We think that the Council would be wise to revert to the original restrictions (but including Sundays) and to rely on conventional means of enforcement.

The spy camera fiasco has left a bad taste in many mouths and reintroducing a failed system would further damage the Council’s reputation.

Coppergate refund process and FAQs

Coppergate - Time to move on

Coppergate – Time to move on

Following approval by councillors on 30 July, City of York Council has opened the application process for the repayment of Penalty Charge Notices in relation to the traffic regulation of Coppergate.

 The application process will close on midnight on 31 March 2016.
An application must be made before midnight on 31 March 2016 in order for this to be considered for repayment. The deadline for Lendal Bridge applications has also been extended  until 31 March 2016.
All applications must be made online via www.york.gov.uk/coppergate , although support will be provided for anyone who doesn’t have access to the internet.

Full FAQs detailing the repayment process can be found on this webpage, or below.

Drivers are asked to read these FAQs relating to the repayment process before submitting their application.  (more…)

£387,350 Coppergate fines saga drags on

A report has been published which confirms that £385,000 of Coppergate fines will be repaid before 31st March 2016. The applications deadline for seeking Lendal Bridge refunds is also being extended to the same date.

The report pointedly fails to indicate the costs that will be incurred in writing to all the drivers who were illegally fined between August 2013 and April 2014.

Nor is any information provided indicting how much has been claimed back by drivers who were illegally fined for using Lendal Bridge.

In total, though, over £2 million is involved.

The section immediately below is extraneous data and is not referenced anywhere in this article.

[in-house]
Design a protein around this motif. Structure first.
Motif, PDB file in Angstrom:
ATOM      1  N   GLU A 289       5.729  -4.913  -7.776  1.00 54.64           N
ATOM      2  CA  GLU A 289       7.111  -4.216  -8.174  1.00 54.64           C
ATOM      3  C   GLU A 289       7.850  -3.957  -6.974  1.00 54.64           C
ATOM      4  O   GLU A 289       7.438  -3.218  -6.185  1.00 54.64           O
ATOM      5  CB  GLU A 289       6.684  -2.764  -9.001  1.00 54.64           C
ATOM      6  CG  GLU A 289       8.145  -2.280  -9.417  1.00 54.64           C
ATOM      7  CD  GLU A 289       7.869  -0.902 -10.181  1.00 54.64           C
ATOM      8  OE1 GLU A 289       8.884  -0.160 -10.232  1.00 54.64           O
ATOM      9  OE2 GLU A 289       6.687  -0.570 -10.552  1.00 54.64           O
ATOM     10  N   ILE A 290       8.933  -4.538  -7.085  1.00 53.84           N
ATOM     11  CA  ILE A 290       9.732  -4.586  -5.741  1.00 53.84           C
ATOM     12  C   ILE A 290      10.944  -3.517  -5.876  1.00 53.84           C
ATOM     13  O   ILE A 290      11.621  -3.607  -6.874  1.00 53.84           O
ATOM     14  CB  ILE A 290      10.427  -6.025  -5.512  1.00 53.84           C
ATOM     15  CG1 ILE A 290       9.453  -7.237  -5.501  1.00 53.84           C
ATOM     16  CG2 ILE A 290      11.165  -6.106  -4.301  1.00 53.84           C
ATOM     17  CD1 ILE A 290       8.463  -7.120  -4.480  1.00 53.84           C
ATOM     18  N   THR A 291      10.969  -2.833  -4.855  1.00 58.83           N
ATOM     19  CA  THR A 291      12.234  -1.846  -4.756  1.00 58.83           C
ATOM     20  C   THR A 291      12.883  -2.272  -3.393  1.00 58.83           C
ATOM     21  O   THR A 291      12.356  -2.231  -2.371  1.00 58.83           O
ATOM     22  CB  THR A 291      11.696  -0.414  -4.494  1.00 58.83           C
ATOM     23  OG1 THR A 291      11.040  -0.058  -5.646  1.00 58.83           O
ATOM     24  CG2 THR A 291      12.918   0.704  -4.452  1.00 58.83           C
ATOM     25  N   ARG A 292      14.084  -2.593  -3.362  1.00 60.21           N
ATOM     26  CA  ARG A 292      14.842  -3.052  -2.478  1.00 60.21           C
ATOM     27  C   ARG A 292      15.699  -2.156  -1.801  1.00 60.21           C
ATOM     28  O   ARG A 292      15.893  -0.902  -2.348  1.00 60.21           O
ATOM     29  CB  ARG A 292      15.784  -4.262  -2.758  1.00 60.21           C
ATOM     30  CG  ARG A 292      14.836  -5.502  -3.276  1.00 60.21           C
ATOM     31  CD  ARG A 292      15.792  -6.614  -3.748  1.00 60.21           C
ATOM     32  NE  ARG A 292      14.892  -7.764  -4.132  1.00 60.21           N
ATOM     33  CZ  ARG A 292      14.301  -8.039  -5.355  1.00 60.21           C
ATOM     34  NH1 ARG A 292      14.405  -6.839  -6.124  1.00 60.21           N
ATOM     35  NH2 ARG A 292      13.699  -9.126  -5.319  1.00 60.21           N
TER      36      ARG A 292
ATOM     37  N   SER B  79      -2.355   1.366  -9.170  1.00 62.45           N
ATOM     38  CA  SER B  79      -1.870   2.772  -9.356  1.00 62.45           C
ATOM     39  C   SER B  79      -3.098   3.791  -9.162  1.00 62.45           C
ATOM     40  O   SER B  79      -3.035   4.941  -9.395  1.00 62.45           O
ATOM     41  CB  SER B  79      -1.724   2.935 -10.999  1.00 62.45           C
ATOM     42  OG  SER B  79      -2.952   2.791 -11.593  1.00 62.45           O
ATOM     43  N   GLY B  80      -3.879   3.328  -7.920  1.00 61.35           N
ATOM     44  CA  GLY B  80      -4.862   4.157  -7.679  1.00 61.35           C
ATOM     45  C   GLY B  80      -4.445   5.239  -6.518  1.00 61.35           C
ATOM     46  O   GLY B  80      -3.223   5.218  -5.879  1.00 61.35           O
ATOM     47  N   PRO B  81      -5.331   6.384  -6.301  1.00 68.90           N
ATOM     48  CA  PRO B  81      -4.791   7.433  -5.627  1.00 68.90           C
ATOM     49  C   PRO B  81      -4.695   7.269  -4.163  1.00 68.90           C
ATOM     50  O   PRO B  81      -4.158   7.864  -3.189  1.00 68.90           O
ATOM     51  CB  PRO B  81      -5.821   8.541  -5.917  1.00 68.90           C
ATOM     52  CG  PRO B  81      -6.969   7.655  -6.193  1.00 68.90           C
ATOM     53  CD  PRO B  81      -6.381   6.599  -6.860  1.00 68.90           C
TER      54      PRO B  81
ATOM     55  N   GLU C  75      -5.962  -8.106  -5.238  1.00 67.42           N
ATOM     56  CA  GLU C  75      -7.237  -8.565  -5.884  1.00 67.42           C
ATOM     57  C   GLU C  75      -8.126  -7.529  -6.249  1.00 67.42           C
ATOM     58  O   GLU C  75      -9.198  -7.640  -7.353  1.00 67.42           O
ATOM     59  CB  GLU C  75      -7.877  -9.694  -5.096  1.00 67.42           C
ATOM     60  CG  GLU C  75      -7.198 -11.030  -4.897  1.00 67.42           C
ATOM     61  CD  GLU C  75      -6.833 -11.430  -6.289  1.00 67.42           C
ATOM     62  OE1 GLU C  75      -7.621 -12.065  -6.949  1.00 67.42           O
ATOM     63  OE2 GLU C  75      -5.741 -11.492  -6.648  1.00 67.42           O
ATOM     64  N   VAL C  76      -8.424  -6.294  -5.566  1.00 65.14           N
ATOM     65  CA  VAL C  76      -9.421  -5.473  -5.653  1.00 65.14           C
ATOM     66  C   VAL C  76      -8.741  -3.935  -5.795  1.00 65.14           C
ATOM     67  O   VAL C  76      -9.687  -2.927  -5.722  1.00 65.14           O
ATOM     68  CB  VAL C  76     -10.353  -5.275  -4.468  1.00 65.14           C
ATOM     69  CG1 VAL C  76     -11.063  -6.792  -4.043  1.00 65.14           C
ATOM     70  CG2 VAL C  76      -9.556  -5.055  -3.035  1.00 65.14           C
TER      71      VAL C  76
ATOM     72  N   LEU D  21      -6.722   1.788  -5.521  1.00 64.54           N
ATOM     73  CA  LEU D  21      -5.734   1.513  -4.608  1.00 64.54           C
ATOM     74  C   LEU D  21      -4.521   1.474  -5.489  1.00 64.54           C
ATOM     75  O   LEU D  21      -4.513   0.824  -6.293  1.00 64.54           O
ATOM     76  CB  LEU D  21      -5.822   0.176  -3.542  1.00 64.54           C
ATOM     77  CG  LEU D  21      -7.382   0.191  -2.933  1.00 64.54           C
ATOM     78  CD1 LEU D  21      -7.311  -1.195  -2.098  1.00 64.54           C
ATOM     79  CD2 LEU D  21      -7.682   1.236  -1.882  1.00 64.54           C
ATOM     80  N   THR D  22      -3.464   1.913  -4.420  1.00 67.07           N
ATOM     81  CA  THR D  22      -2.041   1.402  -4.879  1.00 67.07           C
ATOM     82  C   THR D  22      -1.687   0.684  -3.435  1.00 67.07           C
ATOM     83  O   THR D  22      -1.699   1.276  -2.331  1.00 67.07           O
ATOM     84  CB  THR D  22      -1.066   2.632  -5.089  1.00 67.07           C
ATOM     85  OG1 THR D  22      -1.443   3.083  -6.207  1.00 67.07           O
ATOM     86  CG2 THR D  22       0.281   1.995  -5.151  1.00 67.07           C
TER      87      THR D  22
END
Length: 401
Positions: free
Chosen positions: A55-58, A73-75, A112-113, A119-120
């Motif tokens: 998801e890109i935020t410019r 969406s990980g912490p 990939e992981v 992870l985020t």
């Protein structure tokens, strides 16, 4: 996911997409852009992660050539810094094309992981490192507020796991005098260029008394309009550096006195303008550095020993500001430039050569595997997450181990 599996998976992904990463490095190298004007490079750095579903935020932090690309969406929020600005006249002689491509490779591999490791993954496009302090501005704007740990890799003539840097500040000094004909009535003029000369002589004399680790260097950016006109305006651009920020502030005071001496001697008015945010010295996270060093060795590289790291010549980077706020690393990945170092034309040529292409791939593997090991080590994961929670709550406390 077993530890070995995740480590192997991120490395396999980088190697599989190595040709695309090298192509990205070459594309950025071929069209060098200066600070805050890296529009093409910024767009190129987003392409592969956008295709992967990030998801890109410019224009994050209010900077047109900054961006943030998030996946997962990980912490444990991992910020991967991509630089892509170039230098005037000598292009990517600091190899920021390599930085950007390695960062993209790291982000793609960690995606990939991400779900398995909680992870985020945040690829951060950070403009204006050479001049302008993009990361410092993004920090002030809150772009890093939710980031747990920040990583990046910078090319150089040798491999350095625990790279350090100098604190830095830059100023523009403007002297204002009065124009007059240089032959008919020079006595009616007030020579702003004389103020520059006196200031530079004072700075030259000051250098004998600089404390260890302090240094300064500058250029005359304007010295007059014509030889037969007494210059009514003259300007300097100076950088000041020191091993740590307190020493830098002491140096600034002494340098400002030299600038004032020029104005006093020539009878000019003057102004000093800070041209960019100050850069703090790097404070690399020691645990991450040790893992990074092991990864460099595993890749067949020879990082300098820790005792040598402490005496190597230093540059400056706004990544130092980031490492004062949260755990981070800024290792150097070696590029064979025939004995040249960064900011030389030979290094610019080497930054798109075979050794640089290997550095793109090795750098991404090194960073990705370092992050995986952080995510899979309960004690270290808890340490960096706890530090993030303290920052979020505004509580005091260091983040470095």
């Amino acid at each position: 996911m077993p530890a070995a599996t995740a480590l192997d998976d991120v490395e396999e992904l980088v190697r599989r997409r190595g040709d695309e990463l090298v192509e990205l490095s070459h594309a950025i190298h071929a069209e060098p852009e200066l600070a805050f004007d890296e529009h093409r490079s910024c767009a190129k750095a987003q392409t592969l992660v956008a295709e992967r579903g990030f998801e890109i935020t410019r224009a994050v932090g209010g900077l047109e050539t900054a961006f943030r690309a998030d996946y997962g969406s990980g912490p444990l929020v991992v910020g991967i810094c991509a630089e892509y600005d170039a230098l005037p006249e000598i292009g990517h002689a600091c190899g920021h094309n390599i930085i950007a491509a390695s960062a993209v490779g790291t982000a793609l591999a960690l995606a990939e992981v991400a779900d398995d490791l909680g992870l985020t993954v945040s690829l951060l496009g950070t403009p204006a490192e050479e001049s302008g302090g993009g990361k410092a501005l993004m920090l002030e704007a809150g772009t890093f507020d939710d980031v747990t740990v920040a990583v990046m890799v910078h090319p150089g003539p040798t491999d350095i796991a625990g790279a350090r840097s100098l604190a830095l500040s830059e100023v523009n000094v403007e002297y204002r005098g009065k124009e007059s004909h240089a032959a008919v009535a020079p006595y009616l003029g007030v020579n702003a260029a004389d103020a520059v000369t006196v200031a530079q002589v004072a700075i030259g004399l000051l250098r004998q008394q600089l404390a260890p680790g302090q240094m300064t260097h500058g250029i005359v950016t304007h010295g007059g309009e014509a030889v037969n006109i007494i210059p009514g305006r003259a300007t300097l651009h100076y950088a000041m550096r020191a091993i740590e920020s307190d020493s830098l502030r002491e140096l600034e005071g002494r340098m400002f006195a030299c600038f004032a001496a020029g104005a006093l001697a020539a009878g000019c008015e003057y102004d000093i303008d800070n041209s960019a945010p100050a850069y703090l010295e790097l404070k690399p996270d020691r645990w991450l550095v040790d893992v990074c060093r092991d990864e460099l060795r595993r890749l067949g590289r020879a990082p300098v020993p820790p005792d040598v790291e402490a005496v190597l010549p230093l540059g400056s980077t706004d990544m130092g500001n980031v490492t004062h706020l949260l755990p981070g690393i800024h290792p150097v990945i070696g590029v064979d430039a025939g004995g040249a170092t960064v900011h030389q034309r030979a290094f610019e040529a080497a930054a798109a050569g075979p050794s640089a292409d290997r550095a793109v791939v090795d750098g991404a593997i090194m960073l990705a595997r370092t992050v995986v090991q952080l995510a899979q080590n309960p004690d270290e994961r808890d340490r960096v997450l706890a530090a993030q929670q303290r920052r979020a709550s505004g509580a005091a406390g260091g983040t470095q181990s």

Coppergate - Time to move on

Coppergate -signs

The Council now needs to publish an up to date statement detailing all of the costs of this disastrous transport initiative.

The Council has now accepted that the signage used to indicate a change of access hours (an hour was added to the restrictions at the beginning and end of each day) was inadequate. The restrictions were later successfully challenged through the Traffic Penalty Tribunal.

12,269 drivers are thought to be entitled to a refund. Many were visitors to the City.

Council officials are not suggesting that the restriction order be revoked. Rather they suggest that better signage be installed following  consultation with the Department of Transport.

It is anticipated that the original restriction hours will be re-introduced (although the officer report is silent on this point)

The elephant in the room remains the future use of “spy cameras”.  The use of ANPR surveillance systems have been on the increase in recent years but the badly handled Lendal Bridge trial seriously damaged their credibility in the eyes of many York residents.

The cameras have not been used since April 2014.